This post was co-authored with Marie-France Bolduc . Marie-France is an incredibly warm and compassionate ACT therapist and trainer based in Quebec. In a recent training session, her partner, Benjamin Schoendorff, described a lovely metaphor Marie-France has developed and I wanted to share it with you:
Our mind is a rule-making factory. It constantly tries to make sense of the world. It does this by developing rules that tell us what to do next; what something means; how we should feel; what we should think…
These rules can be helpful. They can save us time and energy.
For example, I have recently made a rule that I will walk 10,000 steps every day. It is a good rule that will help me to stay healthy. But what if I become overly rigid about that rule? What if I insist on walking 10,000 steps, even when I am sick? Then the rule becomes like a ruler – rigid and inflexible. I will also tend to beat myself up when I don’t follow it (like those teachers from my childhood, who used their rulers to wallop disobedient pupils!).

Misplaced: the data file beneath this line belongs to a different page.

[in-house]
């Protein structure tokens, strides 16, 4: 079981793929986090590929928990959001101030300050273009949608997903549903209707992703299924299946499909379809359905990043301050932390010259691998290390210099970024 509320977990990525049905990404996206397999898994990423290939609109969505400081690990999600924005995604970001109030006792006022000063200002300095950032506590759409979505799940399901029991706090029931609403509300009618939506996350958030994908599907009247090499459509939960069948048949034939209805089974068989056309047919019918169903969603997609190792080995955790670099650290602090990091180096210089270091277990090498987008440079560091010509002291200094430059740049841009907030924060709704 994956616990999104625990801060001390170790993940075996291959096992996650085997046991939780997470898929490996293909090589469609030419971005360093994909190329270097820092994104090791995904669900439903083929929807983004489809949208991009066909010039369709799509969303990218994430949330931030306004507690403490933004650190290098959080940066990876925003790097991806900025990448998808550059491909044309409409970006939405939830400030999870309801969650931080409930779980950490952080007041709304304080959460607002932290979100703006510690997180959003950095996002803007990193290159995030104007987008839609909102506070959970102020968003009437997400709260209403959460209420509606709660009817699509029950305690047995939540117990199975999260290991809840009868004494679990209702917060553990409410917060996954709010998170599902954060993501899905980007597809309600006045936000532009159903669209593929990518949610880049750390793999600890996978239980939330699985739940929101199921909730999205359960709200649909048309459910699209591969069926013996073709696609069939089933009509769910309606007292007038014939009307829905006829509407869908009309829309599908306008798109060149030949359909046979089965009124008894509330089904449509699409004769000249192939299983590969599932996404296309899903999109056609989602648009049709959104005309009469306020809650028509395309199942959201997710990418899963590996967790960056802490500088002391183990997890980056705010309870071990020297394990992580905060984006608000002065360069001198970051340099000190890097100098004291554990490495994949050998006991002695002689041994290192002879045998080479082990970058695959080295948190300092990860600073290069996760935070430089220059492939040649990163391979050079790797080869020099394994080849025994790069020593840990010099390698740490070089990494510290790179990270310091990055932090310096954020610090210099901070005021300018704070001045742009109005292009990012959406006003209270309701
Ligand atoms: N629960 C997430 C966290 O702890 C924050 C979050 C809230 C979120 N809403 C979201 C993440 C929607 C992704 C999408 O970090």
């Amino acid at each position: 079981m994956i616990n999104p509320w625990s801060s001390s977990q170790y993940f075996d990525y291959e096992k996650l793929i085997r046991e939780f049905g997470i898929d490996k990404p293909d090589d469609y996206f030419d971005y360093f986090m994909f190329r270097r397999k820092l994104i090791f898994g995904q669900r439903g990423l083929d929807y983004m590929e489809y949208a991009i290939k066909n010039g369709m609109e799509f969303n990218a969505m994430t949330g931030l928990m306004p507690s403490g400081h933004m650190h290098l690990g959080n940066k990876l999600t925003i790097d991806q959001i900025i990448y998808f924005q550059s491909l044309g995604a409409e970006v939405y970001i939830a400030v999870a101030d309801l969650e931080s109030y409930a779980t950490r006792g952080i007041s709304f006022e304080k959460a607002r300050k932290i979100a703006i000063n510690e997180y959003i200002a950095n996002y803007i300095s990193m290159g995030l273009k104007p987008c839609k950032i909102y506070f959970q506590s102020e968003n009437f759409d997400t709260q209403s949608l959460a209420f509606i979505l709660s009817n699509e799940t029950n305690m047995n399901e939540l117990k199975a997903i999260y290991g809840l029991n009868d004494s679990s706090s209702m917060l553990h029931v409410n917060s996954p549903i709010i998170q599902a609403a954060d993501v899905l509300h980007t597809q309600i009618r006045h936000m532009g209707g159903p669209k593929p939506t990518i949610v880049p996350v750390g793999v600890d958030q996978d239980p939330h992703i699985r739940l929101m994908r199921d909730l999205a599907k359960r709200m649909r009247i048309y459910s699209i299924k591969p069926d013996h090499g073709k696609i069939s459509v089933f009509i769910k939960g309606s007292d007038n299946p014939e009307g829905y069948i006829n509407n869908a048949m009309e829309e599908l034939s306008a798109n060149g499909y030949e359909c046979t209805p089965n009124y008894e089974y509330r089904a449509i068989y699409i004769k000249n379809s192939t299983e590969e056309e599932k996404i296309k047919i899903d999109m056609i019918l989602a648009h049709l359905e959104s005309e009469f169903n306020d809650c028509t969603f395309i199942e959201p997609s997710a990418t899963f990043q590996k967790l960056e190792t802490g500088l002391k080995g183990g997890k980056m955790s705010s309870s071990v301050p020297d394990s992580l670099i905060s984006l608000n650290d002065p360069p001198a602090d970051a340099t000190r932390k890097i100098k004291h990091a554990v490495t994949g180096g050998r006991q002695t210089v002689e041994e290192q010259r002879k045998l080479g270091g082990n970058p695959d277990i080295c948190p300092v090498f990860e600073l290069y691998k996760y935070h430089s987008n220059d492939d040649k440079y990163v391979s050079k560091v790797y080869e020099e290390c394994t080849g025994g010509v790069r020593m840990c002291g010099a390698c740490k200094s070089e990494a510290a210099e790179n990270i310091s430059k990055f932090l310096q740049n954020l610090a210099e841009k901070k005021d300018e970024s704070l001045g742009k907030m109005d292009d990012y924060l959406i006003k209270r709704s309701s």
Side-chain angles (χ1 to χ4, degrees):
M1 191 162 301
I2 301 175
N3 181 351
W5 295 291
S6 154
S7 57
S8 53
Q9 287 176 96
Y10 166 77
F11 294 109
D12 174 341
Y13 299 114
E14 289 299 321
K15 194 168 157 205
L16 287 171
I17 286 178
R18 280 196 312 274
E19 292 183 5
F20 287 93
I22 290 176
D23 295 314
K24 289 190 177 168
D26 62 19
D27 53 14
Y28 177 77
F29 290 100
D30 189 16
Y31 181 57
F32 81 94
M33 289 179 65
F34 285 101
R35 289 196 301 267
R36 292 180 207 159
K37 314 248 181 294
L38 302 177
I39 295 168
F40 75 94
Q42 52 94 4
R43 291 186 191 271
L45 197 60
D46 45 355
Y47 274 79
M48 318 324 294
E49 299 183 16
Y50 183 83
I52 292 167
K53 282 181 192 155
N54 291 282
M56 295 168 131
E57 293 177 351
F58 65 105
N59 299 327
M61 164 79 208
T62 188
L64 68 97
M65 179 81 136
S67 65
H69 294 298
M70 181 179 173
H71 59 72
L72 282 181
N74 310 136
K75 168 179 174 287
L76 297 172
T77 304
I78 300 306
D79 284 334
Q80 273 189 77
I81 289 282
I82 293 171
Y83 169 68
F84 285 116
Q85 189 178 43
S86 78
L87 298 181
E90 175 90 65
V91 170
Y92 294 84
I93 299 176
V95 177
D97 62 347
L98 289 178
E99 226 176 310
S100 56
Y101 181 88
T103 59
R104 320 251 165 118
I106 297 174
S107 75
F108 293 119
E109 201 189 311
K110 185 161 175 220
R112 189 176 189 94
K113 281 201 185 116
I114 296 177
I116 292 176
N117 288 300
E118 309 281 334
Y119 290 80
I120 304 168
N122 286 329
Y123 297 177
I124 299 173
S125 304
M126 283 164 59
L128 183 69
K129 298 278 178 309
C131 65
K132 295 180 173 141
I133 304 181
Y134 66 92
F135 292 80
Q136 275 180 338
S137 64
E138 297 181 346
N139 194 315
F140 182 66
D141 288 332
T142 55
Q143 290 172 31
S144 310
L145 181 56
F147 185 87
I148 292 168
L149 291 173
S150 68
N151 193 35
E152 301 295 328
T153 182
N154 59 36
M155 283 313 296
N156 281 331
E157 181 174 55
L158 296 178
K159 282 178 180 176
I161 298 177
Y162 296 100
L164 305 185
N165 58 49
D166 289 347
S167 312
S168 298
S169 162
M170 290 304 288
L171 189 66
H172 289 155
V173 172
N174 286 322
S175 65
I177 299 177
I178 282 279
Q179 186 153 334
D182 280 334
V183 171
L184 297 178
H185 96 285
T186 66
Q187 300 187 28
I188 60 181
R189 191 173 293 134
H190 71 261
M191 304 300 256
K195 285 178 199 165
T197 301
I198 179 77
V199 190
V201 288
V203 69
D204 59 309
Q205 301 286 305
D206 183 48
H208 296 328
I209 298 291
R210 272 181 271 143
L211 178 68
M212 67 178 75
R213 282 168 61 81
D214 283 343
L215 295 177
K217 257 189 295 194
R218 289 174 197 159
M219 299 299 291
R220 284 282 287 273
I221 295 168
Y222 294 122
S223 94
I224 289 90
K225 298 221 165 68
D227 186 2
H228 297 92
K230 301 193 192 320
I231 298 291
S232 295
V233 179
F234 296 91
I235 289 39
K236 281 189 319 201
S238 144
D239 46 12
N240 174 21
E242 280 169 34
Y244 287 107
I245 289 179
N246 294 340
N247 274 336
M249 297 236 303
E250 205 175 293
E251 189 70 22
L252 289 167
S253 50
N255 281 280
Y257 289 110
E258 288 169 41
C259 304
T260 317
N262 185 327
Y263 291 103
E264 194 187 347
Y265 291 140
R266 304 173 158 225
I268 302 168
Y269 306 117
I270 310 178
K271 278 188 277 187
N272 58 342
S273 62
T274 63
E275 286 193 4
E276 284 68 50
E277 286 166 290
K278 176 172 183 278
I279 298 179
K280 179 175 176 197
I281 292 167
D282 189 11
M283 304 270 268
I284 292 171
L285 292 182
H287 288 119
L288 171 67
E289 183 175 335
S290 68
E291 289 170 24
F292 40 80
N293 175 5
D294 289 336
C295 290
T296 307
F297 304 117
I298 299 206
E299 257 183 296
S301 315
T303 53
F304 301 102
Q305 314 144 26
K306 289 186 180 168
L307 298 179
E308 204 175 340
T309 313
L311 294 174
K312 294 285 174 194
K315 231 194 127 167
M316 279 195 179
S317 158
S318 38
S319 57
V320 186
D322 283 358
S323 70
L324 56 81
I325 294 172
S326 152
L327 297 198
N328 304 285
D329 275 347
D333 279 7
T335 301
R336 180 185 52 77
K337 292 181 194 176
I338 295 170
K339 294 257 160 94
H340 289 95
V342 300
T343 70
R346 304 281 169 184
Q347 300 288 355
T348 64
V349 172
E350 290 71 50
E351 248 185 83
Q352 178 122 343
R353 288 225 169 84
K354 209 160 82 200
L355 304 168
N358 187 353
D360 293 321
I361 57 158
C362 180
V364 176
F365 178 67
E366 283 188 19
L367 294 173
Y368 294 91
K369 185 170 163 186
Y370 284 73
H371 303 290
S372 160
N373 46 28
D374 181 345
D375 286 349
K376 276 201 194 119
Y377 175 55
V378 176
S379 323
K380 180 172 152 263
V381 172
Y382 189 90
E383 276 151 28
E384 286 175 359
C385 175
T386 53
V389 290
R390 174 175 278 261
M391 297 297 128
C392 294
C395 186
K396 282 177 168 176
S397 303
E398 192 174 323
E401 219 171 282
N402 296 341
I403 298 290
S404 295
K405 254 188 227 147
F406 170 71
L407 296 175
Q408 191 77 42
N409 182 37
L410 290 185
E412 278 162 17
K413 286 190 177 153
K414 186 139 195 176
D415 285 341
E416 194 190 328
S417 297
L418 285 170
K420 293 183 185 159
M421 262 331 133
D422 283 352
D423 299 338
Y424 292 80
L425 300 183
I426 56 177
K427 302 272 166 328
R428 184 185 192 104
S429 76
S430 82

To give you another example of how this works in practice. I have a rule that, before I raise a concern, I need to have worked out how I contributed to the problem. This is another ‘good’ rule. It stops me from blaming people unfairly. But if I apply it rigidly, it can hold me back from being authentic. What if, try as I might, I can’t work out my part? Or, if actually no one caused the problem – it just happened? If I follow the rule rigidly, I am paralysed, unable to raise my concerns and sometimes as a result; my silence actually damages the relationship.
You might want to start to notice where rulers and ribbons turn up in your life.
What does it feel like when you turn a rule into a ruler? What is it like when you apply it more flexibly and gently like a ribbon?
The only man I know who behaves sensibly is my tailor; he takes my measurements anew each time he sees me. The rest go on with their old measurements and expect me to fit them.
George Bernard Shaw